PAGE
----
It can be challenging to accurately label expenses as either needs or wants, and for many, the line gets blurred between the two. When this happens, it can be easy to rationalize away an unnecessary or extravagant purchase by calling it a need. A car is a good example. You need a car to get to work and take the kids to school. You want the luxury edition SUV that costs twice as much as a more practical car (and costs you more in gas). You could try and call the SUV a “need” because you do, in fact, need a car, but it’s still a want. Any difference in price between a more economical vehicle and the luxury SUV is money that you didn’t have to spend.

Your needs should get top priority in your personal budget. Only after your needs have been met should you allocate any discretionary income toward wants. And again, if you do have money left over each week or each month after paying for the things you really need, you don’t have to spend it all.

4. Start Saving Early

It’s often said that it’s never too late to start saving for retirement. That may be true (technically), but the sooner you start, the better off you’ll likely be during your retirement years. This is because of the power of compounding – what Albert Einstein called the “eighth wonder of the world.”

Compounding involves the reinvestment of earnings, and it is most successful over time: The longer earnings are reinvested, the greater the value of the investment, and the larger the earnings will (hypothetically) be.

To illustrate the importance of starting early, assume you want to save $1,000,000 by the time you turn 60. If you start saving when you are 20 years old, you would have to contribute $655.30 a month – a total of $314,544 over 40 years – to be a millionaire by the time you hit 60. If you waited until you were 40, your monthly contribution would bump up to $2,432.89 – a total of $583,894 over 20 years. Wait until 50 and you’d have to come up with $6,439.88 each month – equal to $772,786 over the 10 years. (These figures are based on an investment rate of 5% and no initial investment. Please keep in mind, they are for illustrative purposes only and do not take into consideration actual returns, taxes or other factors). The sooner you start, the easier it is to reach your long-term financial goals. You will need to save less each month, and contribute less overall, to reach the same goal in the future.

5. Build and Maintain an Emergency Fund

An emergency fund is just what the name implies: money that has been set aside for emergency purposes. The fund is intended to help you pay for things that wouldn’t normally be included in your personal budget: unexpected expenses such as car repairs or an emergency trip to the dentist. It can also help you pay your regular expenses if your income is interrupted; for example, if an illness or injury prevents you from working or if you lose your job.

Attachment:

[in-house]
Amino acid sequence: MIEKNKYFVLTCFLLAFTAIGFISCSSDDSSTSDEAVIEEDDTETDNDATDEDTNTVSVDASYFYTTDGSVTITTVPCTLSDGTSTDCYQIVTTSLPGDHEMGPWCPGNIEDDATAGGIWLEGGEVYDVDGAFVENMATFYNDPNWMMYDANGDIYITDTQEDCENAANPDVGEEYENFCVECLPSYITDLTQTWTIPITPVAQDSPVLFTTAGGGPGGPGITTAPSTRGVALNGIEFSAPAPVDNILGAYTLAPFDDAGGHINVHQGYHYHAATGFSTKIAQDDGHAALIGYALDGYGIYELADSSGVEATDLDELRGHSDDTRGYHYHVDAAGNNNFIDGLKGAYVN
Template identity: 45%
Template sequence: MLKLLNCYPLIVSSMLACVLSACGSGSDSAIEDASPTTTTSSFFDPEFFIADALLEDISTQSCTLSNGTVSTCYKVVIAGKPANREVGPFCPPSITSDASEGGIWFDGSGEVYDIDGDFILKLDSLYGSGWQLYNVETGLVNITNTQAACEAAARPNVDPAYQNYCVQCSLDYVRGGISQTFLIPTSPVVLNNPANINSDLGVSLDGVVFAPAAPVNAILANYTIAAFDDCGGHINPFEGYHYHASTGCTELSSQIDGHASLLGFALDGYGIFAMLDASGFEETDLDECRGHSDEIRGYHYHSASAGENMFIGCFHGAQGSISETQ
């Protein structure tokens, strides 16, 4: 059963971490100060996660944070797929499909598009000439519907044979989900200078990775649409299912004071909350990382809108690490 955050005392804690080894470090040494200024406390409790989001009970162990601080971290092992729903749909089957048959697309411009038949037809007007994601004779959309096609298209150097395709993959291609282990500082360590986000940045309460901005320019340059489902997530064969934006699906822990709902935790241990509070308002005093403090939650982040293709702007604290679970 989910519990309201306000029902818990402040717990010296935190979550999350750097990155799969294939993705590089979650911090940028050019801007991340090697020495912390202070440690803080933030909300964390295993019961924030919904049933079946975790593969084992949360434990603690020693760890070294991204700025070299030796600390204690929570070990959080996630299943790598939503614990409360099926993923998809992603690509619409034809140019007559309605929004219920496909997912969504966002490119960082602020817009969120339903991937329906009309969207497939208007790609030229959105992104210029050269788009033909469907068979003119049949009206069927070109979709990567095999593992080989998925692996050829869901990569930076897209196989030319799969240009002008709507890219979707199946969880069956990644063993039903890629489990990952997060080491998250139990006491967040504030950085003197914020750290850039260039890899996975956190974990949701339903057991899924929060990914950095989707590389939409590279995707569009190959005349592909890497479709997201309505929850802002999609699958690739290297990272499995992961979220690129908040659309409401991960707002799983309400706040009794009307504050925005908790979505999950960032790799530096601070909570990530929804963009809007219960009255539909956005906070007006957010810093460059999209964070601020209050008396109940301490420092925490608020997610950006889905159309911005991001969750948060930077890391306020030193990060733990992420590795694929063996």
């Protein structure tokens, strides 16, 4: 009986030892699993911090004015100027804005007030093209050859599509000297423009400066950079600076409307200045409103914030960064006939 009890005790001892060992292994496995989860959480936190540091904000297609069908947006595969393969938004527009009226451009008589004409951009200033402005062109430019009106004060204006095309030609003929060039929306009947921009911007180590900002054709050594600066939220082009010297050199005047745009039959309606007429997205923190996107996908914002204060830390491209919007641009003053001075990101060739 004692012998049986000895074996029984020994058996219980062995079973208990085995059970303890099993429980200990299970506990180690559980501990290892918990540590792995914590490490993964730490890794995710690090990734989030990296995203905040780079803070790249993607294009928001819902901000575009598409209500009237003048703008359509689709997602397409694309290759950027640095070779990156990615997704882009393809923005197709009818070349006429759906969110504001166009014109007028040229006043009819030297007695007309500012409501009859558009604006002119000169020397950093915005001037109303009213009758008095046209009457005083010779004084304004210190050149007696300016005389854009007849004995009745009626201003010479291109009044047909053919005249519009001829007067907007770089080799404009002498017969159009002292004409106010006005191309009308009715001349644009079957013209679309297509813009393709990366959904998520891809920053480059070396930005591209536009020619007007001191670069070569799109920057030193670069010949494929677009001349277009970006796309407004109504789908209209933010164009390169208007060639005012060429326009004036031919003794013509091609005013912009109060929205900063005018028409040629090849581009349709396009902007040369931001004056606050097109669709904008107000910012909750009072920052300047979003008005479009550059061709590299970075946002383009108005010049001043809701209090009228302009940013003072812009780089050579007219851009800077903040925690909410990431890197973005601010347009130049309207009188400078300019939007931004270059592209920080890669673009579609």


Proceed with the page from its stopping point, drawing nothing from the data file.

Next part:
Although the traditional guideline is to save three to six months’ worth of living expenses in an emergency fund, the unfortunate reality is that this amount would fall short of what many people would need to cover a big expense or weather a loss in income. In today’s uncertain economic environment, most people should aim for saving at least six months’ worth of living expenses – more if possible. Putting this as a regular expense item in your personal budget is the best way to ensure that you are saving for emergencies and not spending that money frivolously.

Keep in mind that establishing an emergency backup is an ongoing mission. Odds are, as soon as it is funded you will need it for something. Instead of being dejected about this, be glad that you were financially prepared and start the process of building the fund again.

The Bottom Line

Personal finance rules-of-thumb can be excellent tools for achieving financial success. But It’s important to consider the big picture and build habits that help you make better financial choices, leading to better financial health. Without good overall habits, it will be difficult to obey detailed adages like “never withdraw more than 4% a year to make sure your retirement lasts” or “save 20 times your gross income for a comfortable retirement.”

Source: Investopedia

www.mqbusinesswealth.com
... Read moreHide

1 week ago

Five Rules to Improve Your Financial Health

The term “personal finance” refers to how you manage your money and how you plan for your future. All of your financial decisions and activities have an effect on your financial health now and in the future. We are often guided by specific rules of thumb – such as “don’t buy a house that costs more than 2.5 years’ worth of income” or “you should always save at least 10% of your income towards retirement.” While many of these adages are time tested and truly helpful, it’s important to consider what we should be doing – in general – to help improve our financial habits and health. Here, we discuss five broad personal finance rules that can help get you on track to achieving specific financial goals

1. Do the Math – Net Worth and Personal Budgets

Money comes in, money goes out. For many people, this is about as deep as their understanding gets when it comes to personal finances. Rather than ignoring your finances and leaving them to chance, a bit of number crunching can help you evaluate your current financial health and determine how to reach your short- and long-term financial goals